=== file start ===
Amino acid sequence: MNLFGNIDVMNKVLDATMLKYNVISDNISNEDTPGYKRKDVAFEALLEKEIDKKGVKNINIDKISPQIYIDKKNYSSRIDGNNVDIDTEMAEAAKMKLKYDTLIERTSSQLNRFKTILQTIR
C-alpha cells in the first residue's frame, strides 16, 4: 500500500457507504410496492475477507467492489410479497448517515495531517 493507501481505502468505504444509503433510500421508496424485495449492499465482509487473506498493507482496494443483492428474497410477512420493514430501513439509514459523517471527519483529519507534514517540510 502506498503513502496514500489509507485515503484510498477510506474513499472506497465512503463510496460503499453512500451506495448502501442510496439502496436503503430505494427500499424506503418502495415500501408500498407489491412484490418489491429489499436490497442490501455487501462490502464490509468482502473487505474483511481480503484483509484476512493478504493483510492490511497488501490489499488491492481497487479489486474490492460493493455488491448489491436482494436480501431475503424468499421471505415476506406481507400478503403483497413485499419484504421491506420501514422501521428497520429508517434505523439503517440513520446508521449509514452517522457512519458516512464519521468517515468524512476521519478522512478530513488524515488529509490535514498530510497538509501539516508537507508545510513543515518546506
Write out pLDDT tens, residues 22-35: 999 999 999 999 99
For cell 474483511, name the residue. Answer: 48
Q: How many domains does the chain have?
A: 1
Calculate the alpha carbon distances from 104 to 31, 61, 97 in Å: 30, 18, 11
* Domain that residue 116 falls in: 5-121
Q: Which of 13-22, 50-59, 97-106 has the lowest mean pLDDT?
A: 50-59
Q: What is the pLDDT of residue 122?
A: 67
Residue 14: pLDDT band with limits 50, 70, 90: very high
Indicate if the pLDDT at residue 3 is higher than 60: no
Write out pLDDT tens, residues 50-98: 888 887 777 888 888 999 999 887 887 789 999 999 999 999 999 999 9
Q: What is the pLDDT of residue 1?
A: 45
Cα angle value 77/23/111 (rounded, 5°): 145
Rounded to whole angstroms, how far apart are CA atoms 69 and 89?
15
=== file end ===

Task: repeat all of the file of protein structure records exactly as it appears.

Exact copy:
Amino acid sequence: MNLFGNIDVMNKVLDATMLKYNVISDNISNEDTPGYKRKDVAFEALLEKEIDKKGVKNINIDKISPQIYIDKKNYSSRIDGNNVDIDTEMAEAAKMKLKYDTLIERTSSQLNRFKTILQTIR
C-alpha cells in the first residue's frame, strides 16, 4: 500500500457507504410496492475477507467492489410479497448517515495531517 493507501481505502468505504444509503433510500421508496424485495449492499465482509487473506498493507482496494443483492428474497410477512420493514430501513439509514459523517471527519483529519507534514517540510 502506498503513502496514500489509507485515503484510498477510506474513499472506497465512503463510496460503499453512500451506495448502501442510496439502496436503503430505494427500499424506503418502495415500501408500498407489491412484490418489491429489499436490497442490501455487501462490502464490509468482502473487505474483511481480503484483509484476512493478504493483510492490511497488501490489499488491492481497487479489486474490492460493493455488491448489491436482494436480501431475503424468499421471505415476506406481507400478503403483497413485499419484504421491506420501514422501521428497520429508517434505523439503517440513520446508521449509514452517522457512519458516512464519521468517515468524512476521519478522512478530513488524515488529509490535514498530510497538509501539516508537507508545510513543515518546506
Write out pLDDT tens, residues 22-35: 999 999 999 999 99
For cell 474483511, name the residue. Answer: 48
Q: How many domains does the chain have?
A: 1
Calculate the alpha carbon distances from 104 to 31, 61, 97 in Å: 30, 18, 11
* Domain that residue 116 falls in: 5-121
Q: Which of 13-22, 50-59, 97-106 has the lowest mean pLDDT?
A: 50-59
Q: What is the pLDDT of residue 122?
A: 67
Residue 14: pLDDT band with limits 50, 70, 90: very high
Indicate if the pLDDT at residue 3 is higher than 60: no
Write out pLDDT tens, residues 50-98: 888 887 777 888 888 999 999 887 887 789 999 999 999 999 999 999 9
Q: What is the pLDDT of residue 1?
A: 45
Cα angle value 77/23/111 (rounded, 5°): 145
Rounded to whole angstroms, how far apart are CA atoms 69 and 89?
15